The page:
Apple has blocked an update to email client BlueMail, which added the ChatGPT chatbot to its software, requiring the developer to enter content filtering or age restrictions before it can be released.
This is Apple’s policy for apps that produce any form of AI-generated content. App review from Apple (opens in new tab) division told Blix that since AI could produce content that may be inappropriate for younger audiences, one of the two stipulations above should be applied before release.
However, Ben Volach, co-founder of BlueMail developer Blix Inc., disputed Apple’s ruling, arguing that BlueMail already has content filtering and that other apps on the App Store with similar AI capabilities don’t have age restrictions.
The new AI feature in BlueMail integrates OpenAI’s ever-popular ChatGPT chatbot into the email client, allowing users to automate email writing. It uses previous emails and events on your calendar to make sure the content is appropriate.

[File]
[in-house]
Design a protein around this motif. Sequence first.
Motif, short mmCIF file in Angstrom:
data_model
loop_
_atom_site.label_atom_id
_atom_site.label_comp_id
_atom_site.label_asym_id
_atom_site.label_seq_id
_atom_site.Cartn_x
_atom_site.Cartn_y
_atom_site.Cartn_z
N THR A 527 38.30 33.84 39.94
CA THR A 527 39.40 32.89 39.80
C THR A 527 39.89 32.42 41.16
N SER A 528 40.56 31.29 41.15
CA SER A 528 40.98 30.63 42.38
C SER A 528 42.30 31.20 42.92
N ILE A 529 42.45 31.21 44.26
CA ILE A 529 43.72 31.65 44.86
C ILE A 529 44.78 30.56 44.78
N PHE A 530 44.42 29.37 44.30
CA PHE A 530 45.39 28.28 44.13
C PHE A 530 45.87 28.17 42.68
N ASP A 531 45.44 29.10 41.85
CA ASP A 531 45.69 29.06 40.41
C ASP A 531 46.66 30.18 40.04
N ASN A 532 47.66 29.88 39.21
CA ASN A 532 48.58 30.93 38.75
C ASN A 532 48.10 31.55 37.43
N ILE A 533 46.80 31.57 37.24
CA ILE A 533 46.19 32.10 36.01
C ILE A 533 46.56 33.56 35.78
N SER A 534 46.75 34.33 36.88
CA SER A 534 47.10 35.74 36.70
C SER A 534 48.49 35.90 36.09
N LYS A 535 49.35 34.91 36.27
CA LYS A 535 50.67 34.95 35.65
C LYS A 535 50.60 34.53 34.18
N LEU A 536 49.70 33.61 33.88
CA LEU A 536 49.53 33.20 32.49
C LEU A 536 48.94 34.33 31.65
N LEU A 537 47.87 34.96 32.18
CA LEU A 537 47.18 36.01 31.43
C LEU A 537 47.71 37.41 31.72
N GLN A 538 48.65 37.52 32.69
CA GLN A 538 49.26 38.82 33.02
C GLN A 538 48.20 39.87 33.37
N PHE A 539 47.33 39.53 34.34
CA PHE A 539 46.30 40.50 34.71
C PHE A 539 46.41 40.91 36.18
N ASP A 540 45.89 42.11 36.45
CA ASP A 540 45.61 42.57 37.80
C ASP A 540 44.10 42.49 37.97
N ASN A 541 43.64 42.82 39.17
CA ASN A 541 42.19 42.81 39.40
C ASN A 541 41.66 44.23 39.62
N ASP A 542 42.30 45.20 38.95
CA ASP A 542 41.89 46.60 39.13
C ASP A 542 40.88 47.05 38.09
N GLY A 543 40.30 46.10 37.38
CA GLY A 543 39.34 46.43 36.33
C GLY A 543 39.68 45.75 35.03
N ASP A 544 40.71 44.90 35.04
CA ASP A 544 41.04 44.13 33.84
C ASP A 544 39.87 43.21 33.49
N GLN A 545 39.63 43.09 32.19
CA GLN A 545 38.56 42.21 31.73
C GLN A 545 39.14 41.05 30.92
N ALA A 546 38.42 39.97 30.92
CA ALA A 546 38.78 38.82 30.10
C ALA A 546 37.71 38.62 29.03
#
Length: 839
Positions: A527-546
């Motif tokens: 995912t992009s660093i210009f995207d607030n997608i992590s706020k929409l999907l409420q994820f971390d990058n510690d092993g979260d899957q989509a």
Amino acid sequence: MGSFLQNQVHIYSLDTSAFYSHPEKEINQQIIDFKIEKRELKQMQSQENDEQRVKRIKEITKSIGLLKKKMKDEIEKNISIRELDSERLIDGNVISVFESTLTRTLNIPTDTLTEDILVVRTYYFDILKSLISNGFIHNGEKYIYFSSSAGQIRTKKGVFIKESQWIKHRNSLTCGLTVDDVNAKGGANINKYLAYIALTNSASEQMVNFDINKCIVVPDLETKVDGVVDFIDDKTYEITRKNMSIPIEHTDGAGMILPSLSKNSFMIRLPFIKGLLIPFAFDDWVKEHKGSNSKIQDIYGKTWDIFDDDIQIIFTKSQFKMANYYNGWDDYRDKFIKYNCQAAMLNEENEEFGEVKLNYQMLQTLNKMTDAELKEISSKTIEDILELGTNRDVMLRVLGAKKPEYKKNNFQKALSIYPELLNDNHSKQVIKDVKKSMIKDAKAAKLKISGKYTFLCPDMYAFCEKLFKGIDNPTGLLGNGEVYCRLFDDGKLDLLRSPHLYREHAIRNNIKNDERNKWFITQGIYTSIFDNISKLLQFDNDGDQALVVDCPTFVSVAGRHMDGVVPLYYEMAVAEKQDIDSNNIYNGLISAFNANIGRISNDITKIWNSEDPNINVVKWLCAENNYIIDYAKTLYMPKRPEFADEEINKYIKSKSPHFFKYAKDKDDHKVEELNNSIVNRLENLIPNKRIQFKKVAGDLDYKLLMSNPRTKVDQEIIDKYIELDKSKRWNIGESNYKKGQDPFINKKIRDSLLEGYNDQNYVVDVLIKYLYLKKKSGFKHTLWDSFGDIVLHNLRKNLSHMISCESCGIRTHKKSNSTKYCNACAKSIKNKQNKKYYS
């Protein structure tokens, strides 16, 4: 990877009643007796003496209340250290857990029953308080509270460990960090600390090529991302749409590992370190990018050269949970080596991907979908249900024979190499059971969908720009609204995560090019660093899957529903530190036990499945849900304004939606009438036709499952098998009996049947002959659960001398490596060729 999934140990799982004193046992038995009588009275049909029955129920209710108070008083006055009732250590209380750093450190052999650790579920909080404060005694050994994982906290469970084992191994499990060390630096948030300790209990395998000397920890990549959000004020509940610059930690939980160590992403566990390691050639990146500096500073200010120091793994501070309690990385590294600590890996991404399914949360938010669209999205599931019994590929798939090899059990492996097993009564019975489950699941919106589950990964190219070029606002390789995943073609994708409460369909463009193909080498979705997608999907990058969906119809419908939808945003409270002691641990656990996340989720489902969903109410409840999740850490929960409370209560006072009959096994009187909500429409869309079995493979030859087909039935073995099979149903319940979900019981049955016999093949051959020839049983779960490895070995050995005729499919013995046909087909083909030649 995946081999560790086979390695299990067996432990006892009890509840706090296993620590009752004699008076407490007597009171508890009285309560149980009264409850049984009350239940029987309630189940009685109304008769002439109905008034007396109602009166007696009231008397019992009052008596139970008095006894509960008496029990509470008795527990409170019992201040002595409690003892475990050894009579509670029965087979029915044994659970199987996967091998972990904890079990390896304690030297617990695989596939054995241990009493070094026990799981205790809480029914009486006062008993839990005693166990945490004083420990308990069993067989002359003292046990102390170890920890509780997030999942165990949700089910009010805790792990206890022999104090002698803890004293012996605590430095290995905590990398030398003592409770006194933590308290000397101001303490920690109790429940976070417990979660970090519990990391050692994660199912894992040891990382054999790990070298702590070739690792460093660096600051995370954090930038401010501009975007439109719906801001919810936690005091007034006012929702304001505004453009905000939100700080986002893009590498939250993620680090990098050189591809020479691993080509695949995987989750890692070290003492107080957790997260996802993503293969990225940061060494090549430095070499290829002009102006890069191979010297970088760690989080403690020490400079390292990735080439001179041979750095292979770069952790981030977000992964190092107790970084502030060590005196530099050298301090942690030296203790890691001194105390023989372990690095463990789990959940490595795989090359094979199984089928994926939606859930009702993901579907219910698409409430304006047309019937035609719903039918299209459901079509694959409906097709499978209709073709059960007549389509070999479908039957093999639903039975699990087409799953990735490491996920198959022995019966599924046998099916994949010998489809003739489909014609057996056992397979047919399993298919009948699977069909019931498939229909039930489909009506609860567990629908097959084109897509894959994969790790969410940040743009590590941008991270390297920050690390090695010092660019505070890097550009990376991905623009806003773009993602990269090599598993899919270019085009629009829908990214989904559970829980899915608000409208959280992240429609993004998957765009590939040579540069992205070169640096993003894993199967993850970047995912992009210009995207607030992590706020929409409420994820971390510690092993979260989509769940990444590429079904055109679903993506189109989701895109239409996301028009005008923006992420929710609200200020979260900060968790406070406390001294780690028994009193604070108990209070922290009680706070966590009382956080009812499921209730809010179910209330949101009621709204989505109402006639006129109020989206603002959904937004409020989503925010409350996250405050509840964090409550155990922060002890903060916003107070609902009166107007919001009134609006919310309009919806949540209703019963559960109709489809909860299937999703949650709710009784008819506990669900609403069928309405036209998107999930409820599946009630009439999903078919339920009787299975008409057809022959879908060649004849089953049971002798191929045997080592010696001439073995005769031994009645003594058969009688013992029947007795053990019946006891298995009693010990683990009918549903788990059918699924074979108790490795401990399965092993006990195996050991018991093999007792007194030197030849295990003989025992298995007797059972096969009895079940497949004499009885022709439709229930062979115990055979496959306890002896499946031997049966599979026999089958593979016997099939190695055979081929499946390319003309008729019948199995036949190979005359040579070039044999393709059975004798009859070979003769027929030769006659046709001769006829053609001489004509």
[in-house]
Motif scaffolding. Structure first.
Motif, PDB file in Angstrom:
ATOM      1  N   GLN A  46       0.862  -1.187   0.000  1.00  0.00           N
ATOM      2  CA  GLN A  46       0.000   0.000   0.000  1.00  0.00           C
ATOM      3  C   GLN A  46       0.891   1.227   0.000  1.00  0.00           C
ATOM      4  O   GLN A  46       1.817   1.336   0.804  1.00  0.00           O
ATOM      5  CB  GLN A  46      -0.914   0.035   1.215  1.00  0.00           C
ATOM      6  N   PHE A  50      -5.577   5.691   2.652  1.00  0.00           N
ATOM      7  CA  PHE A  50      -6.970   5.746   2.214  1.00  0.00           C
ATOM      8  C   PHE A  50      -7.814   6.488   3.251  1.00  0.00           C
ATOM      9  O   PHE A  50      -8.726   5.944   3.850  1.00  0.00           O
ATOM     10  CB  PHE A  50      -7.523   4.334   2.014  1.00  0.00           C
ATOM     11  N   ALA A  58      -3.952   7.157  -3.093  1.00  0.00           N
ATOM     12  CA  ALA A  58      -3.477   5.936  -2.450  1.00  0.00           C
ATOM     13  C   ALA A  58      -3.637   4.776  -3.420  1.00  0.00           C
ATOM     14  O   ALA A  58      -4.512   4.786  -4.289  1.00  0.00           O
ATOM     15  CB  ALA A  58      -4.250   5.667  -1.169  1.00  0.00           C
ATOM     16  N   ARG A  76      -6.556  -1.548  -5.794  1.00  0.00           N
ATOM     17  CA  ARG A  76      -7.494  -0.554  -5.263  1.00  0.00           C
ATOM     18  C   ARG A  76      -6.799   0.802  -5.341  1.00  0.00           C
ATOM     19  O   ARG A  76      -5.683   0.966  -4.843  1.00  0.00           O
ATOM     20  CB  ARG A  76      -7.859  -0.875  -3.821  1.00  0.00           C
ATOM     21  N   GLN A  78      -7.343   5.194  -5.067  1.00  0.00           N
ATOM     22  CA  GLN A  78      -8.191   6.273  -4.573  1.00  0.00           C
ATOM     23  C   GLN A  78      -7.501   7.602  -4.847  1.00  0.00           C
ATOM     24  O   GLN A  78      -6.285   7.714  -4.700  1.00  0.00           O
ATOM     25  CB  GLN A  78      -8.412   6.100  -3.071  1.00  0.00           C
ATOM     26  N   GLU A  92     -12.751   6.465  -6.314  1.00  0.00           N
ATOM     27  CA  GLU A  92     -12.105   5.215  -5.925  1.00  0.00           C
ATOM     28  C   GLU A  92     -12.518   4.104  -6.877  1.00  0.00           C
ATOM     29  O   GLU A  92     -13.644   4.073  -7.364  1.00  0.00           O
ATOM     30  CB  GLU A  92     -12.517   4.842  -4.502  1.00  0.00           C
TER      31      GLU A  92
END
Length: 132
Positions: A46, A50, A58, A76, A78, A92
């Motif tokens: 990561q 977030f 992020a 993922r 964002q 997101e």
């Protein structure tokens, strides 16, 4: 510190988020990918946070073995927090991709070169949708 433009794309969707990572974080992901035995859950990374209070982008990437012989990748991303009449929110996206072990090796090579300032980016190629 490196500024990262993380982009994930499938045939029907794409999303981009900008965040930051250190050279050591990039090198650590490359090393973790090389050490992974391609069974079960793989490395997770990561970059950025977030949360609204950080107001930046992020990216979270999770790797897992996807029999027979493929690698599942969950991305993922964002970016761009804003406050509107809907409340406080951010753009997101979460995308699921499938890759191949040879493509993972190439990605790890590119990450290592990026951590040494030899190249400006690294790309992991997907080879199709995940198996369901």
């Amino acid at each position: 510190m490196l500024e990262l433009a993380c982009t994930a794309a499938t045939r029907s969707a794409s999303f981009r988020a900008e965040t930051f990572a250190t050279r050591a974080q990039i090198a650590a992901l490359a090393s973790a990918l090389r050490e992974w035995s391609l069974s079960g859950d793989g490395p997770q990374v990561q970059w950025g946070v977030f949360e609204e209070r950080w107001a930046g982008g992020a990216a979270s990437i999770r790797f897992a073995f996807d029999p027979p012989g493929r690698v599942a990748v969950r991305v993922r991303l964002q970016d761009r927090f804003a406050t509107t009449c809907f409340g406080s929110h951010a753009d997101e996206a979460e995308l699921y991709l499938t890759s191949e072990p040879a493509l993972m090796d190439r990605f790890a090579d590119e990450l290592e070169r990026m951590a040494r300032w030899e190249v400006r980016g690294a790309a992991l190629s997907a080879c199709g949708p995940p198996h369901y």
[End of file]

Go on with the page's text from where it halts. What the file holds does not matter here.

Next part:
“Apple makes it very difficult for us to bring innovation to our users,” said Volach. According to the WSJ (opens in new tab)told a spokesperson that the App Review Board is currently investigating Blix’s complaint.
Volach also claims that a test version of the updated version of the app was reviewed every day for a week before being rejected by Apple. However, the Android version of the upgraded app was allowed on the Google Play Store with no age restrictions or content filters imposed.
He believes that BlueMail has been unfairly targeted by Apple and that age restrictions would affect their ability to distribute the app to new users.
Apple seems more concerned about the risks of AI than other big tech companies. It has been conspicuously absent from the current arms race between Microsoft – a major funder of OpenAI that recently inserted its chatbot models (opens in new tab) in its search engine Bing – and Google, with its new rival chatbot Bard and its supposedly incredibly powerful LamDA AI.
It may only be a matter of time before it joins in – in one earnings call last month (opens in new tab)Apple CEO Tim Cook said AI is a “main focus of ours” – but for now it seems to be keeping a close eye on AI on iOS apps.
Bing’s new smartphone app with AI integration is limited to 17+ on the iPhone, while there are no restrictions on the Android version in the Google Play Store. Although a Microsoft spokesperson told the WSJ that has always been the case due to its ability as a default web browser to display adult content.
“We want fairness,” Volach said. “If we have to be 17+, then others have to be too.”